We are unhappy in our current Troop, but it would be nice to get a Troop running locally so that as my other boys get into Boy Scouts we wouldn't have to travel as much for it. I am going to be a leader wherever we are. My son and I have discussed it and he would like to give back to his community a little by trying this, but he doesn't want to totally leave current Troop til after he has finished his Eagle.


The Charter Organization was hoping when they agreed to sponsor a Pack that a Troop would follow. I have approached them and let them know that we would need a group that would be willing to help with our BORs. There are at least 4 former SMs, 5 or 6 Eagles, and several that have had sons in Scouts.


allangr1024, I have several older Scout books that I use as reference material now. I do like the older books.



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Its a lot of work. Sorry, I miss spoke. I meant to say, ITS A LOT OF WORK!


Thats not to scare you off, but to get you in the right frame of mind. It generally takes at least 3 years for the troop to get some momentum, and 6 years to develop a solid program. You need to commit to the six years to maintain a continuity of developing toward the same goal or vision. I use to be the districts adviser for struggling units and my experience is 90% of troops had no vision when they started. Vision is the first and highest priority for starting a successful unit because it gives everyone an understanding of their role as a team member. Passion is next on the list because it is a lot of work.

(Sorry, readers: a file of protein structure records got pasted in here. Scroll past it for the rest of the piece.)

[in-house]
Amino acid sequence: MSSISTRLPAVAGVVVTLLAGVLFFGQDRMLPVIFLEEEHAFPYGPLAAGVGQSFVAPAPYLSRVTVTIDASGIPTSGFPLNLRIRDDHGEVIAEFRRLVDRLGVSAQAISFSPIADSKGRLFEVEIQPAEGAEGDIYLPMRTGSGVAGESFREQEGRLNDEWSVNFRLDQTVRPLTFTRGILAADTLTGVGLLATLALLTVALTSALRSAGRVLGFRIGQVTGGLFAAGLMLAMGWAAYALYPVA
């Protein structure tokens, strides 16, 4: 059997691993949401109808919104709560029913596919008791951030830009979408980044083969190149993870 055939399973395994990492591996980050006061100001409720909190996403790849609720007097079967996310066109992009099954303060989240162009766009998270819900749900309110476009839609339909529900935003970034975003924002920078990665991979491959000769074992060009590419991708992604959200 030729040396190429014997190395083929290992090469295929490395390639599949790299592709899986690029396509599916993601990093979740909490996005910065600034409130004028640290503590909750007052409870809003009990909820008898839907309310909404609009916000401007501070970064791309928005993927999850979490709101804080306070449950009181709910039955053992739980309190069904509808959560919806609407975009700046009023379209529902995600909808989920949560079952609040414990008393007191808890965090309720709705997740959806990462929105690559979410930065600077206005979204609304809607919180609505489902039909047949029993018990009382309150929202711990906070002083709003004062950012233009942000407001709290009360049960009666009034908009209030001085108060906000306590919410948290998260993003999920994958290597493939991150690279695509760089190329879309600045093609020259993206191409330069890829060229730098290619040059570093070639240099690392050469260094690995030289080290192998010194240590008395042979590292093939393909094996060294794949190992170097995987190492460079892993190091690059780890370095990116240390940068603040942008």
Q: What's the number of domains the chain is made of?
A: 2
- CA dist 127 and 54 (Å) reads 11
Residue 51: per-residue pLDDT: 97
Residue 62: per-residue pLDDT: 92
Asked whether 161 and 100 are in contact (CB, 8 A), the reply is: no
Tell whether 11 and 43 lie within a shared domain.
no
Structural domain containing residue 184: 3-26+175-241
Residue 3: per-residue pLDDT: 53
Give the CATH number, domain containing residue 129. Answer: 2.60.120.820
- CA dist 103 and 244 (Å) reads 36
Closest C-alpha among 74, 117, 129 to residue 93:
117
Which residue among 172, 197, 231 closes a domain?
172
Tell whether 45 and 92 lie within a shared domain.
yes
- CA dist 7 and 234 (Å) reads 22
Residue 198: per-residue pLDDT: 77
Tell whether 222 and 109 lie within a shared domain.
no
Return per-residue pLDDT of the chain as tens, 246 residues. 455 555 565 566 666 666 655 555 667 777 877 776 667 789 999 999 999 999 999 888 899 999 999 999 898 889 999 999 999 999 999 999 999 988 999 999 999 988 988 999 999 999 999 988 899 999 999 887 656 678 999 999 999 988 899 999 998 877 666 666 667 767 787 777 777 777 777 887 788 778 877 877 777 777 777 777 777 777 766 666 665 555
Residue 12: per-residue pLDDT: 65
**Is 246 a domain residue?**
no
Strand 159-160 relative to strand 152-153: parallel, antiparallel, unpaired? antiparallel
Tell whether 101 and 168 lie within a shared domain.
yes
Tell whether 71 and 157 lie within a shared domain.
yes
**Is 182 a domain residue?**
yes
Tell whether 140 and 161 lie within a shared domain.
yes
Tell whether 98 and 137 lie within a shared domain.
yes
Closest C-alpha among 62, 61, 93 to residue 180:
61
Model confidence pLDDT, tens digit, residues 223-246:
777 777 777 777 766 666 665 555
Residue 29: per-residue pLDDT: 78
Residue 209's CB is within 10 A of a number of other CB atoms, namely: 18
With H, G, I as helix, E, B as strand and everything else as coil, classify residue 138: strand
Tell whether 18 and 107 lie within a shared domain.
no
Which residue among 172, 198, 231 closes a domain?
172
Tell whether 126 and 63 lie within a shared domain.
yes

As a team, find your Vision, write it down and repeat it a lot all the time to everyone including parents. Develop every part of your program to in some way have purpose toward that Vision. The Vision should be idealistic so that it stands the test of time, seemingly impossible so that it doesnt become a stepping stone toward a new Vision, and Noble so that it is something every parent wants for their son. Badon Powell's vision World Peace based from values of scouting.


I agree with the suggestions of reading the present SM Handbook and also reading the old stuff because they are much better about working with scouts toward the visual of building citizens of character and leaders of integrity. However, I also suggest that everyone (scouts and scouters) read the Patrol Leaders Handbook and SPL Handbook. Those two books are the easiest road maps the BSA publishes toward building a successful troop that easy to read and understand. Building a program is a lot easier when the boys and adults understand the parts of the program and work together toward the same goals.


If you decide to take on this endeavor, I envy the rewards that you will gain from the experience. Its a lot of work and very well worth it. God has a special place for those bold enough to start new units.


I love this scouting stuff.




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It's a lot of work. The big issue I'm having right now is recruiting and retention of both kids and adults. We've been recruiting from the middle schools, get 3 boys and 2 quit within months. The other problem is getting the adults motivated to help.


We started focusing on Webelos right now and hope it works. We just re-charted with 5 but this week one boy told me that his dad got orders for VA.


Even when I ask parents to take on a job I get blank stares.


Apologies that I'm venting.